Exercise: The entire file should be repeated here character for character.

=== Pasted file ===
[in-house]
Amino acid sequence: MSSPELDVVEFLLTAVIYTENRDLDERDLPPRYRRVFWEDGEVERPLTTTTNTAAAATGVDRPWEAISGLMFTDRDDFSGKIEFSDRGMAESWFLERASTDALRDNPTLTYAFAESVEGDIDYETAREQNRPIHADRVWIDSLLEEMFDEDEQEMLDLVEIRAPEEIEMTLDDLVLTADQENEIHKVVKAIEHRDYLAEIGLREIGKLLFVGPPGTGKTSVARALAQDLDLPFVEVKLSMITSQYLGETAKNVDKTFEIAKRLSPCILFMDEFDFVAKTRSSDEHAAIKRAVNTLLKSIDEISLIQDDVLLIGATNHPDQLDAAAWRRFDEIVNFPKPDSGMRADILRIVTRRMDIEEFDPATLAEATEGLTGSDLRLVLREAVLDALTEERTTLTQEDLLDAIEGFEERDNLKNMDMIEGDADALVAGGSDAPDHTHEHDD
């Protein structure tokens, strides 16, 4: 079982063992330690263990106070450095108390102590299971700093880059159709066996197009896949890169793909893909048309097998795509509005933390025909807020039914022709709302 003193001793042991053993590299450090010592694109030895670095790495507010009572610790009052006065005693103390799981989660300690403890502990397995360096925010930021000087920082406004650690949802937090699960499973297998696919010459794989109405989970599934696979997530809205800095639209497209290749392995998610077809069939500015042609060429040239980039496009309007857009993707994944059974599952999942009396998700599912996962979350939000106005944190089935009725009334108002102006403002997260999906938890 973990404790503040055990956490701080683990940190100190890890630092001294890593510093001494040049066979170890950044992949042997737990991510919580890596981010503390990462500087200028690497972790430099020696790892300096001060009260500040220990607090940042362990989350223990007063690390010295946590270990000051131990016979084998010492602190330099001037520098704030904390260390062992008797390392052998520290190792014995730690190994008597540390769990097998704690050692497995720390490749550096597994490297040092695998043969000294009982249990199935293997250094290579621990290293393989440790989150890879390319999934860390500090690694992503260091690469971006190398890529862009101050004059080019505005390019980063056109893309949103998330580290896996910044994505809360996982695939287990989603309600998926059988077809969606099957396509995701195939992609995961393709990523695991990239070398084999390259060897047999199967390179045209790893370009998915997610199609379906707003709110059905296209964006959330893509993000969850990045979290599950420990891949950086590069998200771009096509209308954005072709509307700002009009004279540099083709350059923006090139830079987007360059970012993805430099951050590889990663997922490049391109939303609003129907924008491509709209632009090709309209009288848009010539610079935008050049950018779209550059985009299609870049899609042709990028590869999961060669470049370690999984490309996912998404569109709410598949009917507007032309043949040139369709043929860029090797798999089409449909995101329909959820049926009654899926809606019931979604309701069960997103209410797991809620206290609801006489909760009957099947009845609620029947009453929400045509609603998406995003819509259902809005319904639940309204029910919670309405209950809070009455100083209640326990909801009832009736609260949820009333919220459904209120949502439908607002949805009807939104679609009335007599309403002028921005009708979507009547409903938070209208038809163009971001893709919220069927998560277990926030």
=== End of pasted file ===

[in-house]
Amino acid sequence: MSSPELDVVEFLLTAVIYTENRDLDERDLPPRYRRVFWEDGEVERPLTTTTNTAAAATGVDRPWEAISGLMFTDRDDFSGKIEFSDRGMAESWFLERASTDALRDNPTLTYAFAESVEGDIDYETAREQNRPIHADRVWIDSLLEEMFDEDEQEMLDLVEIRAPEEIEMTLDDLVLTADQENEIHKVVKAIEHRDYLAEIGLREIGKLLFVGPPGTGKTSVARALAQDLDLPFVEVKLSMITSQYLGETAKNVDKTFEIAKRLSPCILFMDEFDFVAKTRSSDEHAAIKRAVNTLLKSIDEISLIQDDVLLIGATNHPDQLDAAAWRRFDEIVNFPKPDSGMRADILRIVTRRMDIEEFDPATLAEATEGLTGSDLRLVLREAVLDALTEERTTLTQEDLLDAIEGFEERDNLKNMDMIEGDADALVAGGSDAPDHTHEHDD
């Protein structure tokens, strides 16, 4: 079982063992330690263990106070450095108390102590299971700093880059159709066996197009896949890169793909893909048309097998795509509005933390025909807020039914022709709302 003193001793042991053993590299450090010592694109030895670095790495507010009572610790009052006065005693103390799981989660300690403890502990397995360096925010930021000087920082406004650690949802937090699960499973297998696919010459794989109405989970599934696979997530809205800095639209497209290749392995998610077809069939500015042609060429040239980039496009309007857009993707994944059974599952999942009396998700599912996962979350939000106005944190089935009725009334108002102006403002997260999906938890 973990404790503040055990956490701080683990940190100190890890630092001294890593510093001494040049066979170890950044992949042997737990991510919580890596981010503390990462500087200028690497972790430099020696790892300096001060009260500040220990607090940042362990989350223990007063690390010295946590270990000051131990016979084998010492602190330099001037520098704030904390260390062992008797390392052998520290190792014995730690190994008597540390769990097998704690050692497995720390490749550096597994490297040092695998043969000294009982249990199935293997250094290579621990290293393989440790989150890879390319999934860390500090690694992503260091690469971006190398890529862009101050004059080019505005390019980063056109893309949103998330580290896996910044994505809360996982695939287990989603309600998926059988077809969606099957396509995701195939992609995961393709990523695991990239070398084999390259060897047999199967390179045209790893370009998915997610199609379906707003709110059905296209964006959330893509993000969850990045979290599950420990891949950086590069998200771009096509209308954005072709509307700002009009004279540099083709350059923006090139830079987007360059970012993805430099951050590889990663997922490049391109939303609003129907924008491509709209632009090709309209009288848009010539610079935008050049950018779209550059985009299609870049899609042709990028590869999961060669470049370690999984490309996912998404569109709410598949009917507007032309043949040139369709043929860029090797798999089409449909995101329909959820049926009654899926809606019931979604309701069960997103209410797991809620206290609801006489909760009957099947009845609620029947009453929400045509609603998406995003819509259902809005319904639940309204029910919670309405209950809070009455100083209640326990909801009832009736609260949820009333919220459904209120949502439908607002949805009807939104679609009335007599309403002028921005009708979507009547409903938070209208038809163009971001893709919220069927998560277990926030």